When a director like Steven Spielberg tackles the subject of World War II in contexts outside of the Indiana Jones films, it’s almost sure to be something special. With 1998’s Saving Private Ryan, he brought the most heartbreaking reality to the landings in Normandy ever committed to screen. He redefined what a war film should look and feel like, setting a new standard that can be seen in virtually every war film from then on.
Although the gritty hand-held style, staccato frame rates, realistic gore, and desaturated colors don’t lend themselves to the sort of thing you’d see in a Star Wars film, Saving Private Ryan certainly influenced what would become possible with the battles in Star Wars.
George Lucas would bring hints of this handheld style into Attack of the Clones when the Grand Army of the Republic makes landfall on Geonosis. These are some of our first handheld sorts of shots in war sequences in Star Wars, as the clones battle against the droids in dust clouds. Lucas was able to take the inspiration of the way war films were viewed by contemporary audiences and adapt that to the style of Star Wars. The Battle of Geonosis had many of the documentary-style elements of filmmaking that made Saving Private Ryan so visceral, from the shaking cameras to crash zooms and whip pans. The billowing sand was able to bring some of that desaturation to the war sequences in Attack of the Clones, but Lucas was able to add that Star Wars flair, having the color of blaster bolts contrast starkly against the sand and almost popping off the screen.
The crew of Star Wars: The Clone Wars took this inspiration a step further in “Landing at Point Rain,” which is the fifth episode of Season Two. Anakin, Ahsoka, Obi-Wan, and Ki-Adi Mundi lead a desperate assault to destroy one of the main droid foundries on Geonosis. The whole battle echoes that feeling from Attack of the Clones (and Saving Private Ryan before it), but doubles down on the feeling. In fact, there are moments in the episode that would be impossible to tell the difference between Attack of the Clones and The Clone Wars, so high is the quality of animation. In another echo from the Normandy landing in Saving Private Ryan when a flame-throwing soldier flames a German pillbox, so too do Ki-Adi Mundi’s clones wield them in caves, attacking Geonosians and droids alike.
Another major sequence in Saving Private Ryan features Vin Diesel’s character, Private Caparzo, trying to help a little girl in a rubble-strewn street. The film works hard to show us the cost of war on the innocents caught up in the conflict as well as the consequences that having very human emotions in such an amoral place can have. This was reflected on The Clone Wars in the episode “Innocents of Ryloth.” Clones Waxer and Boil come through a bombed out city on Ryloth and find Numa, a little girl that may as well be a stand in for the little girl Caparzo wants to save in Ryan.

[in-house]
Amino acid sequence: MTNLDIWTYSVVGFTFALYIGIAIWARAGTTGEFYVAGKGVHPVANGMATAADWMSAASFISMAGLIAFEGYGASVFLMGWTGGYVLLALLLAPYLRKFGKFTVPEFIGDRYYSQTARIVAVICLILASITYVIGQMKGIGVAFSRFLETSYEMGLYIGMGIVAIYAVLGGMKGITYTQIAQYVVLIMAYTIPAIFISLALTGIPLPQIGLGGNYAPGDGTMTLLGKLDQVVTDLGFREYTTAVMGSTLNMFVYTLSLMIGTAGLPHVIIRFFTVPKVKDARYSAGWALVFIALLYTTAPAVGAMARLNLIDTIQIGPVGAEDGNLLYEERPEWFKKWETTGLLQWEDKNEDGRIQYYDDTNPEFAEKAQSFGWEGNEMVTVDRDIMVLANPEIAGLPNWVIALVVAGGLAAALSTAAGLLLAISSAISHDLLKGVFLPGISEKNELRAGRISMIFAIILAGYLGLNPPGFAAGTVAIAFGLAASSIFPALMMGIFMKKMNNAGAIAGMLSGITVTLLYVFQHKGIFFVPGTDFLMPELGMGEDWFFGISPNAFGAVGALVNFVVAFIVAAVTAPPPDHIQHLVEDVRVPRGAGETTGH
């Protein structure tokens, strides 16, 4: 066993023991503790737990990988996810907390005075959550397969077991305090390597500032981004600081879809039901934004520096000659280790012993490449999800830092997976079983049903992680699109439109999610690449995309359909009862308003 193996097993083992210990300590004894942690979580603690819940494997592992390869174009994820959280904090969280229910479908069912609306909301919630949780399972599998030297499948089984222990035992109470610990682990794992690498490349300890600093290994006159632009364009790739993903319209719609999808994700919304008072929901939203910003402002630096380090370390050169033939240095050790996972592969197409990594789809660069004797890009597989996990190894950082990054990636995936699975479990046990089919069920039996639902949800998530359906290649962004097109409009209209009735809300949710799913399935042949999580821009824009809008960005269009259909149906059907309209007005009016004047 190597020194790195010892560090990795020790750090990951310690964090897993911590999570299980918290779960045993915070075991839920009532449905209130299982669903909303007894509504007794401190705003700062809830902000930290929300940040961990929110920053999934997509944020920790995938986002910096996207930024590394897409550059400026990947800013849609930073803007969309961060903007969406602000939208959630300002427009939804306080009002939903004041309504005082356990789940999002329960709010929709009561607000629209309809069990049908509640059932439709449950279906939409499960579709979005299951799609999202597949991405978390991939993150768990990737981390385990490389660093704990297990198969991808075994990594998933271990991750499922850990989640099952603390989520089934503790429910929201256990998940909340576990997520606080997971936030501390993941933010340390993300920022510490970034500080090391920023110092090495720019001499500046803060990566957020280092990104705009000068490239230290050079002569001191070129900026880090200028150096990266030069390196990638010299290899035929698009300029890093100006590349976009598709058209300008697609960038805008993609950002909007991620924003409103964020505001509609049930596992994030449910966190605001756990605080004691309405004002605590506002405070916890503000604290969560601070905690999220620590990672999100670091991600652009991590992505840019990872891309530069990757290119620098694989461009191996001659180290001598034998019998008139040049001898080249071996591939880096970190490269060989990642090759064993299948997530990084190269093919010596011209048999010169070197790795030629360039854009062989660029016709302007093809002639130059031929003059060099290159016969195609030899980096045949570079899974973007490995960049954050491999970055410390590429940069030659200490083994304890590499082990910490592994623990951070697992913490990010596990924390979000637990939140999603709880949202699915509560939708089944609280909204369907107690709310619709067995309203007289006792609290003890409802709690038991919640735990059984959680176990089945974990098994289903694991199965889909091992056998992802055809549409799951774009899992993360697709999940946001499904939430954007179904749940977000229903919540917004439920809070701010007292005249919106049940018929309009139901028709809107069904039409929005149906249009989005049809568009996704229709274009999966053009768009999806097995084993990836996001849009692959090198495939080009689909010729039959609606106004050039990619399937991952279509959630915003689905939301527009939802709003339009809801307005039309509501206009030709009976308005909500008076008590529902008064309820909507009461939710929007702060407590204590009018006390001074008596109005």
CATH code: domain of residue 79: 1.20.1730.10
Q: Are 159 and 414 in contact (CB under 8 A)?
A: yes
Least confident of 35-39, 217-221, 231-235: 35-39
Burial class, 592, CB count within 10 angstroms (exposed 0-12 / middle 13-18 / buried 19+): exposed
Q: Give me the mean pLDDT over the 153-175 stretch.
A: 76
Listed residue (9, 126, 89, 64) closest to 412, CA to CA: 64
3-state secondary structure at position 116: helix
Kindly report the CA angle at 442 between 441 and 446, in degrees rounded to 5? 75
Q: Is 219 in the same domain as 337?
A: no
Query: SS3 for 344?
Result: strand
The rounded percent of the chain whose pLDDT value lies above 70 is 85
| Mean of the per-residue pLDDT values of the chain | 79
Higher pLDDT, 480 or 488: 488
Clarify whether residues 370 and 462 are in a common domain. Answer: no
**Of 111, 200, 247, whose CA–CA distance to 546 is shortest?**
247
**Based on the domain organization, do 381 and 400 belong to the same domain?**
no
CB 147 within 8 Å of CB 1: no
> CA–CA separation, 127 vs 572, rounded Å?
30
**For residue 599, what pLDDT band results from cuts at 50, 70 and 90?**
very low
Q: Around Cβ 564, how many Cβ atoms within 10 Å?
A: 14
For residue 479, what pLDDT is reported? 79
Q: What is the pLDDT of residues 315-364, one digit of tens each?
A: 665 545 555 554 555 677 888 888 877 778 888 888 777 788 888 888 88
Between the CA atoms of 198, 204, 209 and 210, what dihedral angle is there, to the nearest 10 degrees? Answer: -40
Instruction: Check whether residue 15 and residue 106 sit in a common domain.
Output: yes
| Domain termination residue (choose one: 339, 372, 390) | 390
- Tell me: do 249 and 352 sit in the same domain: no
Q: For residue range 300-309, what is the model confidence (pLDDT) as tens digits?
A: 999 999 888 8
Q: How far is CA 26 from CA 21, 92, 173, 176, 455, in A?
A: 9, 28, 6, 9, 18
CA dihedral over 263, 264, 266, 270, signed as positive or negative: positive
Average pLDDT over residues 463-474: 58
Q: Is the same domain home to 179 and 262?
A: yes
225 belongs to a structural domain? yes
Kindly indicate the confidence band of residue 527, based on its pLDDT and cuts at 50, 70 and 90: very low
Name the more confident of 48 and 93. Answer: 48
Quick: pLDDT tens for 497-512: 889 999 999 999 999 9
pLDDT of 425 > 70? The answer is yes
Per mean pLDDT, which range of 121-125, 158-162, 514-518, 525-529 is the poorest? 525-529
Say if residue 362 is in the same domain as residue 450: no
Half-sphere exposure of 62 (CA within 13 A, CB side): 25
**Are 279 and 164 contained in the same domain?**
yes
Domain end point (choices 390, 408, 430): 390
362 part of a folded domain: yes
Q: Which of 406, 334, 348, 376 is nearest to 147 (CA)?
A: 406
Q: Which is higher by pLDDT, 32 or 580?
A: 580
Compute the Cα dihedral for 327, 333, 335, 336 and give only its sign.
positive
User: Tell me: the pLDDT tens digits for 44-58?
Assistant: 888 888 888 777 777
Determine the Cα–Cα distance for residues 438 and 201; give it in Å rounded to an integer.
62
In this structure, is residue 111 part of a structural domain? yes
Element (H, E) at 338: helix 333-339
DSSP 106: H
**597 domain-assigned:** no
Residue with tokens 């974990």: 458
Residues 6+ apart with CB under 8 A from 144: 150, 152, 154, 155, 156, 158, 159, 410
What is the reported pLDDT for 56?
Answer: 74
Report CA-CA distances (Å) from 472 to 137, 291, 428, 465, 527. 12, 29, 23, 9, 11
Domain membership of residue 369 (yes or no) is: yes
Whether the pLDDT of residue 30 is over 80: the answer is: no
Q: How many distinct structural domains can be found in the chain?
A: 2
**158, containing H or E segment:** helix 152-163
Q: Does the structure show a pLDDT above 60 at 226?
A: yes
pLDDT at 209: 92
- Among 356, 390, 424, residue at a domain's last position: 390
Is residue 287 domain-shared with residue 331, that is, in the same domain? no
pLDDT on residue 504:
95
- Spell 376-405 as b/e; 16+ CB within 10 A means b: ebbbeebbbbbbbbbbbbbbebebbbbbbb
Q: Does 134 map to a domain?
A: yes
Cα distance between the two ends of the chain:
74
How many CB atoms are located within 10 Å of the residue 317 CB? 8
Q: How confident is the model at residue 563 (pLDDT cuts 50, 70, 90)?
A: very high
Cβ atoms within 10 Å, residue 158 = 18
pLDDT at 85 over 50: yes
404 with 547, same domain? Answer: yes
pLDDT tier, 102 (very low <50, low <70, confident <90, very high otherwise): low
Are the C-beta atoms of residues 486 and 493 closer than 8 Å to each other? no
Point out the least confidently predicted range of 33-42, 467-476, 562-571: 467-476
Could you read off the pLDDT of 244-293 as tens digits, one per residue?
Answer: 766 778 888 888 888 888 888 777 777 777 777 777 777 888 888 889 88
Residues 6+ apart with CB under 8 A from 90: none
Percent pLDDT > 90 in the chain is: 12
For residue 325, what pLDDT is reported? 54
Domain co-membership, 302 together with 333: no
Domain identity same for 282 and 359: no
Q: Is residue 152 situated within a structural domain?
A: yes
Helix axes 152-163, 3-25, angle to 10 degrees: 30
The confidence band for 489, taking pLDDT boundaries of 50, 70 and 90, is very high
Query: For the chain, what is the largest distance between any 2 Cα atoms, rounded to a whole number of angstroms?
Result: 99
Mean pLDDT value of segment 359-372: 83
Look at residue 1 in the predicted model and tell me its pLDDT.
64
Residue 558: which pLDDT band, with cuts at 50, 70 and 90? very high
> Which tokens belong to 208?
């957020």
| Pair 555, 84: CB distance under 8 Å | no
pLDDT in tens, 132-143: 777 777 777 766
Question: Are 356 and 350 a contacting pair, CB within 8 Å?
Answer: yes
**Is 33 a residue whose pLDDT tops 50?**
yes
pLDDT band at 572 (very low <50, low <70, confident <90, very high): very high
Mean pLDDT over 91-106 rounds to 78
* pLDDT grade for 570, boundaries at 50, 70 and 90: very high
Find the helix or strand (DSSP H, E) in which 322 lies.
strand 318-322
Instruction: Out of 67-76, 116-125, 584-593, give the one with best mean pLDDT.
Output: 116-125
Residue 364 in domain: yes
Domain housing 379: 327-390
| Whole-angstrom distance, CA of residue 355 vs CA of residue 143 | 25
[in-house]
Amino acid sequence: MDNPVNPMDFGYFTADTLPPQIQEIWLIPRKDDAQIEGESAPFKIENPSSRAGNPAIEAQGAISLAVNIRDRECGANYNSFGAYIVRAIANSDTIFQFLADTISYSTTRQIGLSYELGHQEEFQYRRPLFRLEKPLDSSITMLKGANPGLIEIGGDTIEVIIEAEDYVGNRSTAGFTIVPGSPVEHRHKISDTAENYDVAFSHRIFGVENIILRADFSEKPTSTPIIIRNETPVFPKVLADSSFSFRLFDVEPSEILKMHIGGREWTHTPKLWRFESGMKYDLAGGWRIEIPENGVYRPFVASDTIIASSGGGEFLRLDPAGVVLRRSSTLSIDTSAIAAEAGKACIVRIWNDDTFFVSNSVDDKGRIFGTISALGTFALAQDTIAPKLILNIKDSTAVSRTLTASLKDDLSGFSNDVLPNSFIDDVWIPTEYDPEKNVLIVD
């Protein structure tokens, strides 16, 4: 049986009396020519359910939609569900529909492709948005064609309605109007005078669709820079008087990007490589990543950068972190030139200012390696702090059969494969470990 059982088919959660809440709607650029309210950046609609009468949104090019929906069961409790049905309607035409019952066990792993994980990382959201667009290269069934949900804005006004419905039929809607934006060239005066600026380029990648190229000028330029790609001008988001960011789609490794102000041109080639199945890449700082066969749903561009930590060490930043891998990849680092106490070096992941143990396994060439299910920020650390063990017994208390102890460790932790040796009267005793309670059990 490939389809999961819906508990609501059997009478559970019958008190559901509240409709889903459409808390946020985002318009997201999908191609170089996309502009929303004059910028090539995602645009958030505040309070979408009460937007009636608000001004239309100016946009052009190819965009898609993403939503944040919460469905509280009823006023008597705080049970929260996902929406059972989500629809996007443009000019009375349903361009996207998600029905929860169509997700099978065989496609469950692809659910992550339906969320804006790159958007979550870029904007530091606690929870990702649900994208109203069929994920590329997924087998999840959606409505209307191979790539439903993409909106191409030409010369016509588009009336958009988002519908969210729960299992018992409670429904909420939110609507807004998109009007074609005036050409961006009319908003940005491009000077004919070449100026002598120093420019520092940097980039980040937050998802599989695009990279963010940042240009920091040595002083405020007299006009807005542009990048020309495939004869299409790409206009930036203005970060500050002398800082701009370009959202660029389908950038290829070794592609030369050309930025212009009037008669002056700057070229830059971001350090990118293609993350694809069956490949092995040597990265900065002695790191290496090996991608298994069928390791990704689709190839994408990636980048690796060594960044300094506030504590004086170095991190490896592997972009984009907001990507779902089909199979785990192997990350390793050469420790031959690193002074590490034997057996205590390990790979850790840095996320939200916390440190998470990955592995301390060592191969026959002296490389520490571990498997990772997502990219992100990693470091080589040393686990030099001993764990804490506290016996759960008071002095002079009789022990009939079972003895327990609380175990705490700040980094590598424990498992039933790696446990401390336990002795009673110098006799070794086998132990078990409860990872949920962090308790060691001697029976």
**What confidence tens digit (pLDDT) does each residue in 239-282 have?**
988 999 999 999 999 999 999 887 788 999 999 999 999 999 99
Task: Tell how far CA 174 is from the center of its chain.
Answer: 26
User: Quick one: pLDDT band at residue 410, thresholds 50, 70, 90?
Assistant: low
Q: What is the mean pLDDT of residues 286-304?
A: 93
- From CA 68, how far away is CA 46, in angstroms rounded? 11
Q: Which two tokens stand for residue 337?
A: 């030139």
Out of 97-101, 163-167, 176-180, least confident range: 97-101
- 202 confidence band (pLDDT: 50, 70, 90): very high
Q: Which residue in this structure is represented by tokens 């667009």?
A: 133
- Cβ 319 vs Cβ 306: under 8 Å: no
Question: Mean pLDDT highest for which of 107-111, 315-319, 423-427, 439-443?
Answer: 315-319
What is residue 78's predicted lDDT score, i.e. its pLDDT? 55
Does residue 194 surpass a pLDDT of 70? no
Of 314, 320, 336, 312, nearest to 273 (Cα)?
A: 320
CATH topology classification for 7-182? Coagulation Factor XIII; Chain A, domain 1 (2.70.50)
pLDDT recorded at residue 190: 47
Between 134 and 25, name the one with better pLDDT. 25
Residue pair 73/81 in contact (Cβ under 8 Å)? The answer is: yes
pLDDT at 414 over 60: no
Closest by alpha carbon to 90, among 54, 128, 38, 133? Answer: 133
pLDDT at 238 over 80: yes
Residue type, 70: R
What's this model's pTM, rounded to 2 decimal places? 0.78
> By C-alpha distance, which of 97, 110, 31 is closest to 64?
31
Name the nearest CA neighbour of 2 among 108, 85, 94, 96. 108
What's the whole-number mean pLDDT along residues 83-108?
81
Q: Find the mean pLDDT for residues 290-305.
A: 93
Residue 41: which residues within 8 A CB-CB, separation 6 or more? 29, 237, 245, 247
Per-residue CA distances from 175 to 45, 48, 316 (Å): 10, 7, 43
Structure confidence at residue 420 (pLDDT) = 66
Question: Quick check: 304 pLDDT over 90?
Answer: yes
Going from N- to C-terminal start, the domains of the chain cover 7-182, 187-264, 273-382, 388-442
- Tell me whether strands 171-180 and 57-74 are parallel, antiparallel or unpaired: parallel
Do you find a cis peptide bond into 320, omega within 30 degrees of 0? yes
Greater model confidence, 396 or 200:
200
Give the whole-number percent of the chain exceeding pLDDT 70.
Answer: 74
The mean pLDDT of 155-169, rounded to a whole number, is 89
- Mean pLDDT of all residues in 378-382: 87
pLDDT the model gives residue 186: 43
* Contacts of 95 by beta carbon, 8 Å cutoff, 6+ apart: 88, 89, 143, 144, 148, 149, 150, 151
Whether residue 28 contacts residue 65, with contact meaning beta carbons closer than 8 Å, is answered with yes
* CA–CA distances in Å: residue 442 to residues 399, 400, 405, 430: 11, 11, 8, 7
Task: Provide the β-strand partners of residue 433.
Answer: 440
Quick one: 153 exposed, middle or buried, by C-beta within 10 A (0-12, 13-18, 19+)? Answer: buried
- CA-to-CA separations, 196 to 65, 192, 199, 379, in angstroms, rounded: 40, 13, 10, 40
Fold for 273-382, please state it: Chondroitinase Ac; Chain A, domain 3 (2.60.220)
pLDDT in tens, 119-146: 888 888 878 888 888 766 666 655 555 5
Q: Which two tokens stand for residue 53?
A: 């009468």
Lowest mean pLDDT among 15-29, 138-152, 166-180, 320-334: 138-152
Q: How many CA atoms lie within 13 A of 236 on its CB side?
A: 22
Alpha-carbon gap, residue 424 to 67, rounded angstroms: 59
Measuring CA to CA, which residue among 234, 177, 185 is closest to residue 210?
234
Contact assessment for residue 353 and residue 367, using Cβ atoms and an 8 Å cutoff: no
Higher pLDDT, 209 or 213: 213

You’ll see some of the most direct references that can’t be coincidences in Revenge of the Sith. The beach landing of Kashyyyk mirrors some of the same shots from Saving Private Ryan in very interesting ways. There’s a shot of a clone trooper looking down on the battle from a sniper’s nest in the same way Spielberg shot the German soldiers looking down on the Americans climbing up Omaha beach. Is this Lucas telling us something about the clones at this stage of the conflict and what side they’re on? I wouldn’t put it past him.
Star Wars shares many crossovers with Saving Private Ryan as far as the crew is concerned. Naturally, Ryan shares its composer, John Williams, with Star Wars, but that’s not the only one. Gary Rydstrom won an Academy Award for Best Sound for his work on Saving Private Ryan and went almost immediately to work on the sound team for The Phantom Menace and earned an Academy Award nomination for that film, as well. Rydstrom returned to work on Attack of the Clones and The Force Awakens. On The Force Awakens, Rydstrom was primarily responsible for Rey’s flashback, one of the most haunting sequences of the film, primarily for the audio beneath it.
The Force Awakens won’t be the last we see of Saving Private Ryan’s influence on Star Wars, though. Neil Corbould, the special effects supervisor from Saving Private Ryan, will handle the same duties on Rogue One.
Saving Private Ryan is a powerful film that shows us the haunting effects of war on the soldiers who fight it. The film is a gut-punching reality check about how awful war can be and how jaded soldiers can become. It is R for “intense prolonged realistically graphic sequences of war violence, and for language.” I re-watched it for this column with my son, Anakin, who is 14, and it was affecting in all the right ways and was horrifying, which I think is the intention of the film. In our discussion afterward, we talked about the terrifying cost of war and it was nothing short of enlightening. There should be nothing glorified or pretty about war and Saving Private Ryan shows us the struggle soldiers go through in order to maintain some piece of their humanity in the most inhuman of circumstances. Spielberg is at the top of his game with this film and it should be high on the viewing list of Star Wars fans, cinephiles, and World War II buffs.
Availability: Saving Private Ryan is widely available on DVD and Blu-ray and is available on most streaming platforms for a modest rental fee.